Wellness Program

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Wellness Program

Any program that promotes health, especially for employees of a company. A wellness program may offer seminars on quitting smoking, free access to a gym, and any number of other benefits. Wellness program are aimed to improve employee health, which in turn can improve morale and increase productivity.
References in periodicals archive ?
Wellness programs also routinely require employees to get annual checkups.
It's true that wellness programs are most common in large corporations, but small companies also can offer these benefits and reap the advantages.
Workers are starting to connect in an intensely personal way with employer-sponsored wellness programs.
Some employers and health insurance plans offer incentives, financial and otherwise to employees who participate in wellness programs or achieve certain health outcomes.
Summary: Increasingly, more employers are offering workplace wellness programs to promote and encourage healthier lifestyles for their employees and to prevent disease.
Chamber of Commerce Senior Vice President of Labor, Immigration, and Employee Benefits Randy Johnson issued the following statement today on the Equal Employment Opportunity Commission's final rules relating to workplace wellness programs:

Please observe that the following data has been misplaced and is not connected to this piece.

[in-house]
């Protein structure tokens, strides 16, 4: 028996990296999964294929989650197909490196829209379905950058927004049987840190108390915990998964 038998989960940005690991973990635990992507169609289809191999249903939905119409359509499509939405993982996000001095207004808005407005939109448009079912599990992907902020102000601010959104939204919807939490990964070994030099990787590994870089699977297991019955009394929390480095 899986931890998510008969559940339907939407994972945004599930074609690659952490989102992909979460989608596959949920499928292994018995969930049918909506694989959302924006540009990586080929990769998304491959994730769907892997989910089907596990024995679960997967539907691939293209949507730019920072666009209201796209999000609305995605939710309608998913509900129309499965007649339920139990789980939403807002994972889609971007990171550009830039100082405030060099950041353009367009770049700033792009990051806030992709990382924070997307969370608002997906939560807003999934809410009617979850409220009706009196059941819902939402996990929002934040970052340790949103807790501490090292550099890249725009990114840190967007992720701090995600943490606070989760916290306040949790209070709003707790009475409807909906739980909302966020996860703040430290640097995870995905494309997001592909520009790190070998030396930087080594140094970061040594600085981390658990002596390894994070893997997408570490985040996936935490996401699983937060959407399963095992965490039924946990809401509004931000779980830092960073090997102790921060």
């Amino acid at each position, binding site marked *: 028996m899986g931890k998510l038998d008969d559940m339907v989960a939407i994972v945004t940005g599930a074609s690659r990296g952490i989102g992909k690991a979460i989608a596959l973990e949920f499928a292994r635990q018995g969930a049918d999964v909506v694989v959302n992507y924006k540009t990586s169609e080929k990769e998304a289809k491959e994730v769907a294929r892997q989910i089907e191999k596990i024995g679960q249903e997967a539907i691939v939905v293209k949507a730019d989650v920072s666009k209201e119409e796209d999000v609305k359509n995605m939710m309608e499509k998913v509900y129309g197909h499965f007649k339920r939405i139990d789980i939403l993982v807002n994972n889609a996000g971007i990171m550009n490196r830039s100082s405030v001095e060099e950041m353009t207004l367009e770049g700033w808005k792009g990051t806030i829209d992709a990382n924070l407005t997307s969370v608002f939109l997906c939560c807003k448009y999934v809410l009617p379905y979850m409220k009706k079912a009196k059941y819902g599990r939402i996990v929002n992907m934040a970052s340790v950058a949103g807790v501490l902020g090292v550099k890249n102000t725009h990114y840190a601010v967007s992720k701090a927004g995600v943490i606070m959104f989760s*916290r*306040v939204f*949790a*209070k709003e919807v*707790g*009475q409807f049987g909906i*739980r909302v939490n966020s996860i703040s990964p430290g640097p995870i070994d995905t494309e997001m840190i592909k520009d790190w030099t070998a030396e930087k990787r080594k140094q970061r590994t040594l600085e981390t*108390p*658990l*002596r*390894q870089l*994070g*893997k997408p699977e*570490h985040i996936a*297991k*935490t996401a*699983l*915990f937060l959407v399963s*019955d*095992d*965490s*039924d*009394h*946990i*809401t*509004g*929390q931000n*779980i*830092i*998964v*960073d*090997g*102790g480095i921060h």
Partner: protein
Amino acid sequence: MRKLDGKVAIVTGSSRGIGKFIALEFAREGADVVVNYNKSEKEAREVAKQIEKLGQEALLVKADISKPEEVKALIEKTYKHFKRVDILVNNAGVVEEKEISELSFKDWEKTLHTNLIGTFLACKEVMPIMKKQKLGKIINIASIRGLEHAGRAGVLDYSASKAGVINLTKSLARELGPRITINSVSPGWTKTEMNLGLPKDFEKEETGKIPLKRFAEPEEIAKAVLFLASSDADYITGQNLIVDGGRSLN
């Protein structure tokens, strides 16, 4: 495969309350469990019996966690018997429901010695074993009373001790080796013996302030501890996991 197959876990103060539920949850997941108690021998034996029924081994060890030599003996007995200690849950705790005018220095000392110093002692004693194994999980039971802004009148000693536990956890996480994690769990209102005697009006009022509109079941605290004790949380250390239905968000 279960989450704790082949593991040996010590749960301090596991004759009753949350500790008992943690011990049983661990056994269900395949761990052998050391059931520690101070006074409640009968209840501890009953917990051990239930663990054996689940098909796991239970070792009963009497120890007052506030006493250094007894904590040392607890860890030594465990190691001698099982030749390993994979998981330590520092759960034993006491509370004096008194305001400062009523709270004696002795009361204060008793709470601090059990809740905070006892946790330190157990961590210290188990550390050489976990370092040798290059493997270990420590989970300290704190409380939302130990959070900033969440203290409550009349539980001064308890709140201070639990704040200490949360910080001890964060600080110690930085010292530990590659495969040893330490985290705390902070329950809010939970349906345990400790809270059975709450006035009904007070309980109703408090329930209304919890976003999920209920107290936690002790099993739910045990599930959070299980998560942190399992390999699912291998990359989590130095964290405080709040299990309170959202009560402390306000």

Equal Employment Opportunity Commission (EEOC) issued final rules on employer-sponsored wellness programs in May.
Russellville, AR, January 22, 2016 --(PR.com)-- Arkansas Tech University will use the Corporate Health & Wellness Association's (CHWA) publication, Engaging Wellness: Corporate Wellness Programs that Work as a required text for their students of the Health and Physical Education Department's Wellness Degree.
Wellness programs were not as common in HDHPs as in CDHPs, the survey found.
The core practices of wellness programs typically include: (1) strategic planning to prevent disease, decrease health risks, and contain rising health care costs; (2) conducting health screenings of individuals and risk stratification of the entire employee population; (3) providing risk-related health management interventions (exercise, behavior change programs, health coaching, educational materials, nurse advice lines, and referral to disease management specialty programs); and (4) ongoing evaluation and metrics.
In recent years, many employers have gotten on board with wellness programs to mitigate that cost and to bolster employee morale, concentration and overall health--but how well do these programs actually work?
If you provide incentives to encourage employees to participate in wellness programs, such as discounting the cost of the medical insurance coverage for being tobacco-free, changes may soon be necessary as a result of the US Equal Employment Opportunity Commission (EEOC) proposed rules that were issued on April 20, 2015.